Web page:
It is not just investors who suffer when an unregistered chit fund operation collapses: often the operators also become casualties.
In March this year, a Siddapura resident committed suicide after her chit fund business went under. Kausalya (36) had been running the operation for a few years and she went into depression after suffering losses, the police said. She hanged herself to death.
It was a double whammy for autorickshaw driver Mallesh, who finally took a similar exit route. The 27-year-old, who was running an illegal chit fund, agreed to be the guarantor to a few autorickshaw drivers to help them get loans from private financiers. When the drivers did not return the loans, the financiers turned on Mallesh. The unbearable pressure led him to commit suicide.
Nagesh, a Jayanagar resident, whose relative suffered losses by investing in unregistered chit funds, said: “Many of us get tempted by the get-rich-quick formula and invest in such funds. However, these are shortcuts and there is no guarantee you will succeed. After my family suffered losses, I don’t think I will ever take a chance with such funds.”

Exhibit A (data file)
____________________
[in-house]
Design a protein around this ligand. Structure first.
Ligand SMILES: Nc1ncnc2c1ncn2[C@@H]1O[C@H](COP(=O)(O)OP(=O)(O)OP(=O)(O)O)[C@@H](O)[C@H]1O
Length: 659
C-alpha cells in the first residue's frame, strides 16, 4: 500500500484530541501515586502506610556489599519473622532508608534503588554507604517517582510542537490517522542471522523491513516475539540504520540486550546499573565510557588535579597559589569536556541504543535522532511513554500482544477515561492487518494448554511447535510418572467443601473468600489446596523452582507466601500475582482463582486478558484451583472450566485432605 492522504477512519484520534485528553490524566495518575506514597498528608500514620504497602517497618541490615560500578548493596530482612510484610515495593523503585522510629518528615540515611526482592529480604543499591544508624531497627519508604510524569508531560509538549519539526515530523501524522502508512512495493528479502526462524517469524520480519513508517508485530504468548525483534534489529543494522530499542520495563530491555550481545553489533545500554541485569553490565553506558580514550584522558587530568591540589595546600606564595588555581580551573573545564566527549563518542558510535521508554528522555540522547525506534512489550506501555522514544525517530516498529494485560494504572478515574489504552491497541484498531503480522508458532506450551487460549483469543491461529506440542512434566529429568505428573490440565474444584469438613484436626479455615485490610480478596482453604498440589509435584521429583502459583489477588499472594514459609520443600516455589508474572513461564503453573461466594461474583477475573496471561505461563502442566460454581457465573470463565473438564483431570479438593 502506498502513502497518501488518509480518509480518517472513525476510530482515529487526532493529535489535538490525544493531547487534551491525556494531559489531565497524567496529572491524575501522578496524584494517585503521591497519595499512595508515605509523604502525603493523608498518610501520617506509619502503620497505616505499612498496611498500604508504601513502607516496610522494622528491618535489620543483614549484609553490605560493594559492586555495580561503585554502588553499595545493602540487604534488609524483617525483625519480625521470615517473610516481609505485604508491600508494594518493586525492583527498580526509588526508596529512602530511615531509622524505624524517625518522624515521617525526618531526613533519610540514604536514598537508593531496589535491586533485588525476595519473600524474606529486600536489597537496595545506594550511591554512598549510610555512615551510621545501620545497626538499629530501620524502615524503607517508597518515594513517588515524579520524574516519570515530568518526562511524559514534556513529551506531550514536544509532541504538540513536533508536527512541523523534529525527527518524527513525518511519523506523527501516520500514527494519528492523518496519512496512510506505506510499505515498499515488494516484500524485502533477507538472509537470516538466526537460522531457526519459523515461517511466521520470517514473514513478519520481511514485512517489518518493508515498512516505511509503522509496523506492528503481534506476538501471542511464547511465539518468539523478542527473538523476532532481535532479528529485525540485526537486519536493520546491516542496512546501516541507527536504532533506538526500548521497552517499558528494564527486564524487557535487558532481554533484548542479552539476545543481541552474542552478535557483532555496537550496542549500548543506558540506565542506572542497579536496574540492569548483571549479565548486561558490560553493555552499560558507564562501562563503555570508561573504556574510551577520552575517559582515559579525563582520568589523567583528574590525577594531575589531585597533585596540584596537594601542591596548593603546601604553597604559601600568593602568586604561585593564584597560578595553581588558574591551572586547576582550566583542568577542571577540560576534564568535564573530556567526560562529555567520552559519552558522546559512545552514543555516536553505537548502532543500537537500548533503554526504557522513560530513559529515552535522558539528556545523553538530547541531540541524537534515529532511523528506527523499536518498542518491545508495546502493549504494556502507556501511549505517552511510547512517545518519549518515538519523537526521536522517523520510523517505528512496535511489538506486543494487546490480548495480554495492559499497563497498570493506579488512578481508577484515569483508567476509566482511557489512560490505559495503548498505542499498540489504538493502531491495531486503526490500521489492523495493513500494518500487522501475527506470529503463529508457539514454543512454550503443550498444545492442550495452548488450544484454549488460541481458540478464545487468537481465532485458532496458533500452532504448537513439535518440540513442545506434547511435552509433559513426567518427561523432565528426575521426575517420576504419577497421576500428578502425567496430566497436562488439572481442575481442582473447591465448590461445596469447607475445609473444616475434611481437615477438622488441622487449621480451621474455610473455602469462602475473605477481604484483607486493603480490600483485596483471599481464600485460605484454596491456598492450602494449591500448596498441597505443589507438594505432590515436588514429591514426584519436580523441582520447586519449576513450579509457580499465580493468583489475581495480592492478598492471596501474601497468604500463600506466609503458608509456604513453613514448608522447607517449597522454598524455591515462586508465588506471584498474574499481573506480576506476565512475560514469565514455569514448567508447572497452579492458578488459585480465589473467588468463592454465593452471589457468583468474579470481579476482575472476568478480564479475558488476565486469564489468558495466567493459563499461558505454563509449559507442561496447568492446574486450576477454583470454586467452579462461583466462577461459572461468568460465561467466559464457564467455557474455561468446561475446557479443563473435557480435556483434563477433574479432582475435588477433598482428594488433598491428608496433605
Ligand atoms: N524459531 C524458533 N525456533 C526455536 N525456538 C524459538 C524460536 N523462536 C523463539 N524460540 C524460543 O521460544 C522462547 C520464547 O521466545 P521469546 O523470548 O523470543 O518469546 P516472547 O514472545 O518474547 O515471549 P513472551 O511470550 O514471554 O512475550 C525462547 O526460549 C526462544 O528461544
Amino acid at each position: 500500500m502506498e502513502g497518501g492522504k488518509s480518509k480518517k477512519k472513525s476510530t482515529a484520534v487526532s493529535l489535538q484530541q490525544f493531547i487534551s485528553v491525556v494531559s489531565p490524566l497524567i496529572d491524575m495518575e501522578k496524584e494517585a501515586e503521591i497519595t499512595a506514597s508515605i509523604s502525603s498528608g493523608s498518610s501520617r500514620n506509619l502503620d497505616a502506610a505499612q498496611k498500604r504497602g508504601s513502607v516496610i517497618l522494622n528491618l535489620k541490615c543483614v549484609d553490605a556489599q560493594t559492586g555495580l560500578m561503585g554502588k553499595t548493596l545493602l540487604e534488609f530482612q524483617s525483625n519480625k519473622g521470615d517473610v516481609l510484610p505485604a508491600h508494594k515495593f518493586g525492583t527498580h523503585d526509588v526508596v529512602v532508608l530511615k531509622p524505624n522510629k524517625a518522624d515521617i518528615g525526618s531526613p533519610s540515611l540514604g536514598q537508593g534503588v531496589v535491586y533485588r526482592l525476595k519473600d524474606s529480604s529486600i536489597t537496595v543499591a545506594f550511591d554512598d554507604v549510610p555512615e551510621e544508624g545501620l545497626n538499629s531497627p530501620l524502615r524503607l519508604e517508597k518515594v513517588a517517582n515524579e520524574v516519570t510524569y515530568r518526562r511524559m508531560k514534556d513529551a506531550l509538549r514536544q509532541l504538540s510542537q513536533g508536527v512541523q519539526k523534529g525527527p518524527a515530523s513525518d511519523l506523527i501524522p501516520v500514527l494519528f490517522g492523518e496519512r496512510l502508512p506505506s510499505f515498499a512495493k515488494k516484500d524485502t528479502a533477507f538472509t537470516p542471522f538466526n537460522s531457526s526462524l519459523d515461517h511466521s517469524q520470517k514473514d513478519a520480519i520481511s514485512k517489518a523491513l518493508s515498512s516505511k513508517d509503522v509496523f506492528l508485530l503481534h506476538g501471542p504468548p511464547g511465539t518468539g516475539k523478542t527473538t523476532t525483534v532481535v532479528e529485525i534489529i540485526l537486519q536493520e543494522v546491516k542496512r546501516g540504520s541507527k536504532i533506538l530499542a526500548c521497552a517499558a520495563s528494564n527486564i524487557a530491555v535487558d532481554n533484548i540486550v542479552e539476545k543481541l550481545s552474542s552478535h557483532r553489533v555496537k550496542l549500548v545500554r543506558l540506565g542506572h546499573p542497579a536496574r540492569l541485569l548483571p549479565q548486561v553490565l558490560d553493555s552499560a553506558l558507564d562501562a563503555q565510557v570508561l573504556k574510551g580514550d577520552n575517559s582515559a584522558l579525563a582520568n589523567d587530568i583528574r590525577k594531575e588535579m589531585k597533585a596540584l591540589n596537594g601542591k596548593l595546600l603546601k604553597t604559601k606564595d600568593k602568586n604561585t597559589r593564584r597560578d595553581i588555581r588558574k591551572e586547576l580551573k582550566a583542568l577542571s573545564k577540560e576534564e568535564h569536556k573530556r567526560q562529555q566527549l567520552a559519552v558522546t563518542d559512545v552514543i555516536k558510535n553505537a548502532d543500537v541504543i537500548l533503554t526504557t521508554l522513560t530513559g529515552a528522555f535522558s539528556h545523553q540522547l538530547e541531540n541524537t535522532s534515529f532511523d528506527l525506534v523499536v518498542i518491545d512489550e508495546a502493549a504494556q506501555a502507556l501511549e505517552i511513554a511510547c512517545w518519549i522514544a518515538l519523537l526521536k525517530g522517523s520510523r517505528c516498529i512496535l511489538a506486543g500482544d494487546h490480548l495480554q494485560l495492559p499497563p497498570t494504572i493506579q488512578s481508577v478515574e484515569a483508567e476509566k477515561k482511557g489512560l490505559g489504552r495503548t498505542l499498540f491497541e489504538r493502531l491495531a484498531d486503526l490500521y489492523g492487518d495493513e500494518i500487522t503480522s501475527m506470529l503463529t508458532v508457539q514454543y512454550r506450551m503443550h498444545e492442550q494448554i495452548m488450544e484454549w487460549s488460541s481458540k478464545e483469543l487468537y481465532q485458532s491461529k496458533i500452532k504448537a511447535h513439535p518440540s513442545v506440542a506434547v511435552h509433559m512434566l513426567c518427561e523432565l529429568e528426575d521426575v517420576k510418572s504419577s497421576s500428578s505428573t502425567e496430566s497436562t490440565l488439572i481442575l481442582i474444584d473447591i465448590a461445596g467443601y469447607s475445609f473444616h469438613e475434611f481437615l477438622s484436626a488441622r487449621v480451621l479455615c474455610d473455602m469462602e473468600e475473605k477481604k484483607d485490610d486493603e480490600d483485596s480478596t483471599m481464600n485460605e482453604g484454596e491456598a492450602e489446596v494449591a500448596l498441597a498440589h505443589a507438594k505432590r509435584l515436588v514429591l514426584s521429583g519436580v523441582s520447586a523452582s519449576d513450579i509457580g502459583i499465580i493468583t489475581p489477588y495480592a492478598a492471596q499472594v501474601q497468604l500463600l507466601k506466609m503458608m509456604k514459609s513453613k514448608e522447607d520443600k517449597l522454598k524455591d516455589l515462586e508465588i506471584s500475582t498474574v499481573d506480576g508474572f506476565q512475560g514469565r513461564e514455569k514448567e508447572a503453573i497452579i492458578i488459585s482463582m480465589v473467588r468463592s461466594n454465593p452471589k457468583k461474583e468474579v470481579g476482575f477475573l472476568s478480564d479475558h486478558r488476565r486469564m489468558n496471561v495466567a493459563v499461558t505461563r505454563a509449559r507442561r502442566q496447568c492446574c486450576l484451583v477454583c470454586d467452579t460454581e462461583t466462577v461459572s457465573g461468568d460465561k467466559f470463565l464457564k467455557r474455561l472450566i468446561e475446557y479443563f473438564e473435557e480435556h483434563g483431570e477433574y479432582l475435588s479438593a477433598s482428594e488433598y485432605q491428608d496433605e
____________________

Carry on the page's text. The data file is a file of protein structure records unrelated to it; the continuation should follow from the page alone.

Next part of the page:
G. Kumar (44), a technical support staff of HP, drowned himself in the Ulsoor Lake after his wife suffered losses in the chit fund business she was running.
Got away lightly
Vivek J., an employee of a private firm, emerged relatively unscathed. “We had invested Rs. 5,000 in a private chit fund company based in Gujarat. Every month we used to deposit a few hundred rupees in its Bangalore branch but we lost all of it when the fund ran into problems. We [invested] as we went by the advice of a relative,” he said.
Some have been lucky to get part of the investment back. One of them is Uma Maheshwari, a homemaker in Ulsoor, who invested in a chit fund last year.
“I was approached by a man who introduced himself as an officer from a financial company and said I would get Rs. 1 lakh in returns. So my family gave Rs. 5,000 to this man. We didn’t see him again,” she said.
Ms. Uma said that he was part of a group that had cheated people. Following her complaint, the men were arrested but she got back only Rs. 3,000.
Latha of Basavanagudi had invested her savings of Rs. 75,000 in a chit fund scheme. To her shock, the operator closed his office overnight. As he had given only some slips and no documentation, she could not proceed legally against him.
However, very many still continue to invest with such chit fund operators, particularly those who find it difficult to access credit. Rajeshwari, a domestic help, said: “I have been investing in chit funds for some years but have never faced any problem. Also, the investments I make are small amounts.”